Stanford’s Program on Social Entrepreneurship welcomes four social entrepreneurs to campus this year to engage students and the Stanford community with leaders in the social sector. The four will serve as Social Entrepreneurs in Residence at Stanford (SEERS) Fellows at the Haas Center for Public Service through June, and will be teaching a service-learning course (IR142) in the spring quarter.
The SEERS Fellows lead organizations using entrepreneurial models to advance social justice and pioneer new approaches to public service delivery for marginalized communities in the San Francisco Bay Area and internationally. They have all been recognized for their path-breaking work in the field of social entrepreneurship with awards and prestigious fellowships for their contributions to their sector.
The 2016 cohort will join 15 other SEERS alumni who have been part of the program since its launch in 2011.
Trained as a social worker, Tomás Alvarez quickly realized that there was little diversity amongst clinicians in the field, which created a cultural mismatch and barrier to those accessing services. He set off to transform mental health service delivery for communities of color by pioneering “Hip Hop Therapy,” which uses the art of creating rap music to connect to troubled teens. In 2011, Alvarez launched Beats Rhymes and Life (BRL) in Oakland, California to offer trainings to local schools and mental health providers to share their culturally responsive approach to working with marginalized youth. In January, Alvarez stepped down from his role as executive director of BRL to launch a new platform to connect Hip Hop Therapy providers across the globe to each other and the resources they need to grow and sustain their models.
Photo Caption: The program's co-founder Sarina Beges poses with Tomás Alvarez (right) at Beats Rhymes and Life’s Oakland headquarters.
From Farm to Firm to Family: Advancing the Food Justice Movement
Jered Lawson is making food systems change and reform a reality through his work as the co-founder of Pie Ranch, a farm located along Northern California’s coastline. Pie Ranch’s mission is not just to grow delicious and organic agriculture, but to educate, train, and form regional partnerships to realize their vision of cultivating a just food system. Lawson leads many of their education programs, which bring Bay Area high school students to farm the land, learn more about locally grown food, and maybe even inspire a new generation of farmers. Lawson has worked with local government and community organizations on policy reform to secure more land for small farming. He has also partnered with Silicon Valley technology firms – and Stanford Dining – to provide sustainably grown and sourced food for employees and students to enjoy.
Rajasvini (Vini) Bhansali brings an international lens to the SEERS program this year as the executive director of the International Development Exchange (IDEX), an organization based in San Francisco, California that works globally in Asia, Africa, and Latin America. Growing up in Rajasthan, India, Vini developed a strong sense of social justice from an early age and has translated that wisdom into her work at IDEX. The organization provides flexible funding to local organizations led by women, youth, and indigenous leaders with innovative solutions based on local knowledge and customs. Vini has helped lead IDEX’s work to challenge traditional patterns of philanthropy and international development that favor top-down externally driven solutions to local problems.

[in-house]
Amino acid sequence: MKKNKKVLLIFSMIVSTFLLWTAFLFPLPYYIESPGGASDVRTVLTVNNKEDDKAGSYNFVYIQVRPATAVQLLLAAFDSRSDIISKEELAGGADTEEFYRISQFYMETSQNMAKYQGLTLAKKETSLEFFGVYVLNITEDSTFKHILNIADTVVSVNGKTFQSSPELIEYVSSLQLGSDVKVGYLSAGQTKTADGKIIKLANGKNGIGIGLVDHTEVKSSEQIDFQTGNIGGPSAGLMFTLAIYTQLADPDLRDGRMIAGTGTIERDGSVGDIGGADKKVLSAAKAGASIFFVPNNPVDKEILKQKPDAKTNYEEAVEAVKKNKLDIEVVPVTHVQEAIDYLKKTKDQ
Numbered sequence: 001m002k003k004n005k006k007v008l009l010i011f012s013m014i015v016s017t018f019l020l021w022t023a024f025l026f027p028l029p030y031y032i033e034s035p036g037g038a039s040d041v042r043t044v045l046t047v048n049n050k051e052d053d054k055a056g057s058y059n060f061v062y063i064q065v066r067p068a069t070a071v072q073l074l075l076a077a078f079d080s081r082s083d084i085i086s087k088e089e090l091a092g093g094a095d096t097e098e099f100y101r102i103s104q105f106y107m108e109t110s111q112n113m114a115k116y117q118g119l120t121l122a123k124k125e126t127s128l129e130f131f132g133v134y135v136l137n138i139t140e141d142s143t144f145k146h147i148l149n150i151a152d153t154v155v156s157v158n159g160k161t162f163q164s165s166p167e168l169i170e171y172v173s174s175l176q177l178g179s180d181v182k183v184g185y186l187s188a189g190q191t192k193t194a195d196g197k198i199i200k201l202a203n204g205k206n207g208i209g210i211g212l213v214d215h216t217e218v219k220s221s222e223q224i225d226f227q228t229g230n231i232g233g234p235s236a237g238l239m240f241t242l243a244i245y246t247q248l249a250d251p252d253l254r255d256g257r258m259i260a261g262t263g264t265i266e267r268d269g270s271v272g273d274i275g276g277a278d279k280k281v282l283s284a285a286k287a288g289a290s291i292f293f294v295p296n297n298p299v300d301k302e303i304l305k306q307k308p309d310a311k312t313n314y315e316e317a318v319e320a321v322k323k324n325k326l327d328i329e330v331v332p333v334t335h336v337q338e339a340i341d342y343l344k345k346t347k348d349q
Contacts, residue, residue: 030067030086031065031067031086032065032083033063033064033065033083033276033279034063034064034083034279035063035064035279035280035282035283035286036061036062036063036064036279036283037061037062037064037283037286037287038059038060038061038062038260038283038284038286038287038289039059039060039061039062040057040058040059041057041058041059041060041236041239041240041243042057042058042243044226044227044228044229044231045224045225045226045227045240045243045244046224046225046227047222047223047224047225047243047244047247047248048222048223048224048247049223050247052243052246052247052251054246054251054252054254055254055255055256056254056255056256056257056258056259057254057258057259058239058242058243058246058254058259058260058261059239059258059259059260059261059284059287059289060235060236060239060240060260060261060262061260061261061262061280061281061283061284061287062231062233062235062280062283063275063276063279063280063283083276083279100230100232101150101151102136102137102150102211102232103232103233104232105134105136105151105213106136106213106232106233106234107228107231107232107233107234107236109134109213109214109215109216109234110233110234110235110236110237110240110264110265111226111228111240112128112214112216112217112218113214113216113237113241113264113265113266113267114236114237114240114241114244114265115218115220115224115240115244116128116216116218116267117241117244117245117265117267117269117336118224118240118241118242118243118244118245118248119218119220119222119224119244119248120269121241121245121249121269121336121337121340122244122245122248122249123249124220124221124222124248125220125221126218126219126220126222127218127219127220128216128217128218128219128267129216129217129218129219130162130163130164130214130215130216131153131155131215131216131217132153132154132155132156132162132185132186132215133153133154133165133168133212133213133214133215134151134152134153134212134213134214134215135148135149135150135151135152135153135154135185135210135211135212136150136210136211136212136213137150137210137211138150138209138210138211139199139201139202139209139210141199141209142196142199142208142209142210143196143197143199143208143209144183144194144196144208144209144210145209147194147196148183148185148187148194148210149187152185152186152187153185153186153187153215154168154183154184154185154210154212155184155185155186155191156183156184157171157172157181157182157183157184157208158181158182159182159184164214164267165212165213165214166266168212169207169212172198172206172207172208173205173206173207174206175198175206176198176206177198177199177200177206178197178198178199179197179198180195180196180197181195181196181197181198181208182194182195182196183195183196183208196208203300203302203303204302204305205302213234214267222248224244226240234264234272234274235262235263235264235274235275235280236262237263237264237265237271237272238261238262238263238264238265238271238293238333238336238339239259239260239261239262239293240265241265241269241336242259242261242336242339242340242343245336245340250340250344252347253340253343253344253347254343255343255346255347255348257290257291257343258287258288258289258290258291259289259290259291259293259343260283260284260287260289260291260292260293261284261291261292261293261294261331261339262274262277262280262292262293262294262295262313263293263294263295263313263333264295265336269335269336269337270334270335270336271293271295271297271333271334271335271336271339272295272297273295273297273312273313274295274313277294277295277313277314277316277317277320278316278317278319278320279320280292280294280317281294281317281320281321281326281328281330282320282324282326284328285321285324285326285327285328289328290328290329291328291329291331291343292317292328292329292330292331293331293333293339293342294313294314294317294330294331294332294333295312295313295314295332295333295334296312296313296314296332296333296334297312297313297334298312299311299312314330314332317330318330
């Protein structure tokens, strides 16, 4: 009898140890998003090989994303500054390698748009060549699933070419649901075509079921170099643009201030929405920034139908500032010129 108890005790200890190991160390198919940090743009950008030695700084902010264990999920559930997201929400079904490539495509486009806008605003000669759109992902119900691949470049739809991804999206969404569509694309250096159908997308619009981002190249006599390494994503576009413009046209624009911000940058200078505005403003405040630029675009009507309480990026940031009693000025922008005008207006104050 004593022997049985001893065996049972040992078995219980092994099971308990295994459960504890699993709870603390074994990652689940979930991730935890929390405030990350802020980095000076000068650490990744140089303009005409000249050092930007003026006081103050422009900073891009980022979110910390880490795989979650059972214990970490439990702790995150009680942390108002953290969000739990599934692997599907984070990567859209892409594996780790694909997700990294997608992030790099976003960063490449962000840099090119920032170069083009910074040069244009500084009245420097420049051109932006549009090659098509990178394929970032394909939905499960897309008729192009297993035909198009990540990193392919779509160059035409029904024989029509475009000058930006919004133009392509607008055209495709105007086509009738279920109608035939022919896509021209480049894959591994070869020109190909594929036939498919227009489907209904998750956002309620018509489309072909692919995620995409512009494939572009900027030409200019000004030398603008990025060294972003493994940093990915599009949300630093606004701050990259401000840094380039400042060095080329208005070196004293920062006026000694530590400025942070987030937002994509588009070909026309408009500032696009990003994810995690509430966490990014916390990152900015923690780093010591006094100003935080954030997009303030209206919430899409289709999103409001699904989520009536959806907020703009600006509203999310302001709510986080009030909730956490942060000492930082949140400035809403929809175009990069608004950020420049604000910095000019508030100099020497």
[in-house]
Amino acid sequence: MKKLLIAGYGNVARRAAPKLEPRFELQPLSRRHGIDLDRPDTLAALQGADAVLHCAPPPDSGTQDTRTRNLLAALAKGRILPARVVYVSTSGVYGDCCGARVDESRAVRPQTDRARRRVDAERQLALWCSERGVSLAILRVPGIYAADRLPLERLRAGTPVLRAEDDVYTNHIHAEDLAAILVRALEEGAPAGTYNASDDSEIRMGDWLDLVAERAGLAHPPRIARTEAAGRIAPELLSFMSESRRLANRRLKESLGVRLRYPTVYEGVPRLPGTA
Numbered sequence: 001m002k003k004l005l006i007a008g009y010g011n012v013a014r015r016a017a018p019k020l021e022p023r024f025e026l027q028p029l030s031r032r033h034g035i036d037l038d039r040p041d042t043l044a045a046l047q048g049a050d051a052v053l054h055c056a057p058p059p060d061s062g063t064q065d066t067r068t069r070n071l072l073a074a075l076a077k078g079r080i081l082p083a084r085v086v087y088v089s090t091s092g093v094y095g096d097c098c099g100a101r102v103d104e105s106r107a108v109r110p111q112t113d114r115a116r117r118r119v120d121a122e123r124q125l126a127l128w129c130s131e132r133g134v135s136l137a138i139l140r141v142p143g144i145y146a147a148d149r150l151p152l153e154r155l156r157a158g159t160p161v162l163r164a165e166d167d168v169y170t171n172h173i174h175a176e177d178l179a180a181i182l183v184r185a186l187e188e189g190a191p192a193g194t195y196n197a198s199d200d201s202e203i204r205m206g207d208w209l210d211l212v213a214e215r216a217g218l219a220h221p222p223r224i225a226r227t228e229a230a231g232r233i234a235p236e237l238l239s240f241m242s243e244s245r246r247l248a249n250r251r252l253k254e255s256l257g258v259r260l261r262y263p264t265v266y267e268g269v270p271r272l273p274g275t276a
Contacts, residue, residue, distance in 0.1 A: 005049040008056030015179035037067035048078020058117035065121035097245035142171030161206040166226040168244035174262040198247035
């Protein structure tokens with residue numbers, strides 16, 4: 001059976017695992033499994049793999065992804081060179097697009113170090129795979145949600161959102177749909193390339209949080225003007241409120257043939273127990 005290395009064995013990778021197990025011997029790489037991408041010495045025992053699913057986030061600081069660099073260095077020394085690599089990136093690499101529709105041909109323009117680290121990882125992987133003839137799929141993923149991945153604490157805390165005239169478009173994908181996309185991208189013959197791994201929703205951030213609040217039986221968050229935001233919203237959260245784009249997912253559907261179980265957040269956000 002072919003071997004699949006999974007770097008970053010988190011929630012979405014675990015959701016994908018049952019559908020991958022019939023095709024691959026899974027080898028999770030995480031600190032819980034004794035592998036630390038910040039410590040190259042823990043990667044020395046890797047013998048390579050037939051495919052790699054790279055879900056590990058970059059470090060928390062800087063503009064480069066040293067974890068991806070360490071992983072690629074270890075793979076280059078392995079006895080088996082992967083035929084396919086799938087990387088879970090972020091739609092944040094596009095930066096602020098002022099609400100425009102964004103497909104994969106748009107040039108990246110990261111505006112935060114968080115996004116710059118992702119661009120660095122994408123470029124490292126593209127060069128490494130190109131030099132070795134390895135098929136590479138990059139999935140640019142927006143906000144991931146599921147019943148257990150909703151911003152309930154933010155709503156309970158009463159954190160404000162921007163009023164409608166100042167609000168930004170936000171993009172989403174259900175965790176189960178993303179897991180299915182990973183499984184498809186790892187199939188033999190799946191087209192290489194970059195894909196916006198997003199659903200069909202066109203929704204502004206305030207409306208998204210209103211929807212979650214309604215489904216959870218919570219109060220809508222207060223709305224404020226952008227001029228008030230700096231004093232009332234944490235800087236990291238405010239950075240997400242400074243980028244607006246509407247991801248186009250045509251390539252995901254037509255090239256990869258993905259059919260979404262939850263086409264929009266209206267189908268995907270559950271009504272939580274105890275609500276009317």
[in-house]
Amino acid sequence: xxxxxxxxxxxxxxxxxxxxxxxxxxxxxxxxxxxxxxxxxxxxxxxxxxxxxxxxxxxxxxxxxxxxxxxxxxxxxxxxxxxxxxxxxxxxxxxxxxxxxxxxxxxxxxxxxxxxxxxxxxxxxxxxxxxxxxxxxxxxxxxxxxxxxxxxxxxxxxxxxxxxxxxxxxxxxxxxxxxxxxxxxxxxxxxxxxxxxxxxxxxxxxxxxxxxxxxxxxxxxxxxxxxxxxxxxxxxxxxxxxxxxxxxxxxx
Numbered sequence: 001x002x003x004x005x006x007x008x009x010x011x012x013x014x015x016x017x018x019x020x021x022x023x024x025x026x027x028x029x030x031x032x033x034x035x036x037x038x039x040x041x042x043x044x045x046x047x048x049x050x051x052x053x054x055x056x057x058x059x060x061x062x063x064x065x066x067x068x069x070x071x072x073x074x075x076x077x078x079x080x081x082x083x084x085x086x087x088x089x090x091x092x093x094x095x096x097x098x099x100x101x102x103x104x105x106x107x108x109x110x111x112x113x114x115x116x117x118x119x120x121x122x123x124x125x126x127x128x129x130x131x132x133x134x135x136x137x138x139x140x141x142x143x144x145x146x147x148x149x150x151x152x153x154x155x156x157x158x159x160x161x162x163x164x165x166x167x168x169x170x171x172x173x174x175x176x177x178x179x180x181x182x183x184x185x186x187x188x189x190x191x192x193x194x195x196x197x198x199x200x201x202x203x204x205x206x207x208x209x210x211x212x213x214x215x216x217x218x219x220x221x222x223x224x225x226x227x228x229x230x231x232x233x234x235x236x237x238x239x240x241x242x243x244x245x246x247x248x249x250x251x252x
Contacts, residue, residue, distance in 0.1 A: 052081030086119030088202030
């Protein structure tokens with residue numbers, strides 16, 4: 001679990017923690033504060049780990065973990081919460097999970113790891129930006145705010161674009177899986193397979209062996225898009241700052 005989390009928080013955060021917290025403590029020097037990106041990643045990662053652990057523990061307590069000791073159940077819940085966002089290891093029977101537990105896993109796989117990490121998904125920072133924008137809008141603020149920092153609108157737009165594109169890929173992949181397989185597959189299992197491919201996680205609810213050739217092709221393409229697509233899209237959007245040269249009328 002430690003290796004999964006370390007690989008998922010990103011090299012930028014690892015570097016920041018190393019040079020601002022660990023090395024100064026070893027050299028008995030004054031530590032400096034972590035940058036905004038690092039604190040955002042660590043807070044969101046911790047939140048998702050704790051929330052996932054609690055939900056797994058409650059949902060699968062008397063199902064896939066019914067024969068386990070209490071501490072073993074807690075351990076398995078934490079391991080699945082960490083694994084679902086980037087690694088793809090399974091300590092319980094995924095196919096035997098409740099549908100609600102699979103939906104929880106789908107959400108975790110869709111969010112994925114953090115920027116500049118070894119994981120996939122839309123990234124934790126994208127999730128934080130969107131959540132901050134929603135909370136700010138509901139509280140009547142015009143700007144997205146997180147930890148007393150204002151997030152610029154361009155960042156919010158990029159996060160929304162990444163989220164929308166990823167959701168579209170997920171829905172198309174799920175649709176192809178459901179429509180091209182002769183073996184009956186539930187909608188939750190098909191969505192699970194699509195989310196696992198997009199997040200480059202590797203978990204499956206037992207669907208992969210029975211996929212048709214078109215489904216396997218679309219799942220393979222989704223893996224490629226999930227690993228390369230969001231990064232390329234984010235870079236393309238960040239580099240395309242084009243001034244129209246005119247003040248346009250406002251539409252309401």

Josefina Alvarado-Mena is the 2016 Echoing Green-SEERS Fellow, her fellowship made possible through a partnership with Echoing Green, an organization that funds early-stage social entrepreneurs. Each year, Echoing Green selects a member of their alumni community to participate in the SEERS fellowship. Mena, a 1996 Echoing Green fellow, is the executive director of Safe Passages, an organization based in Oakland, California that works to create a better future for Oakland’s children and youth. Through an integrated model that works with children and their families from the cradle through adulthood, Safe Passages helps to interrupt the cycle of poverty and put children on a track towards college and career. Their innovative programs provide early childhood education to new parents, work with schools to integrate education and social services, provide career development opportunities for youth, and build strong family partnerships with community members.
Stanford students will have the opportunity to work on service learning-based projects with SEERS fellows through a course (INTNLREL 142) offered in the spring quarter. Service-learning allows students to gain experience working alongside non-profit leaders to tackle real organizational challenges. From designing new policy reform to developing fundraising strategies, students come away from the experience with new insight into the field of social change and concrete skills.
The SEERS fellows will be on campus through June to teach the service-learning course, participate in events, and engage with student groups. To learn more about the Program on Social Entrepreneurship visit (pse.stanford.edu) or to connect with the SEERS Fellows, please contact Sarina Beges (email@example.com).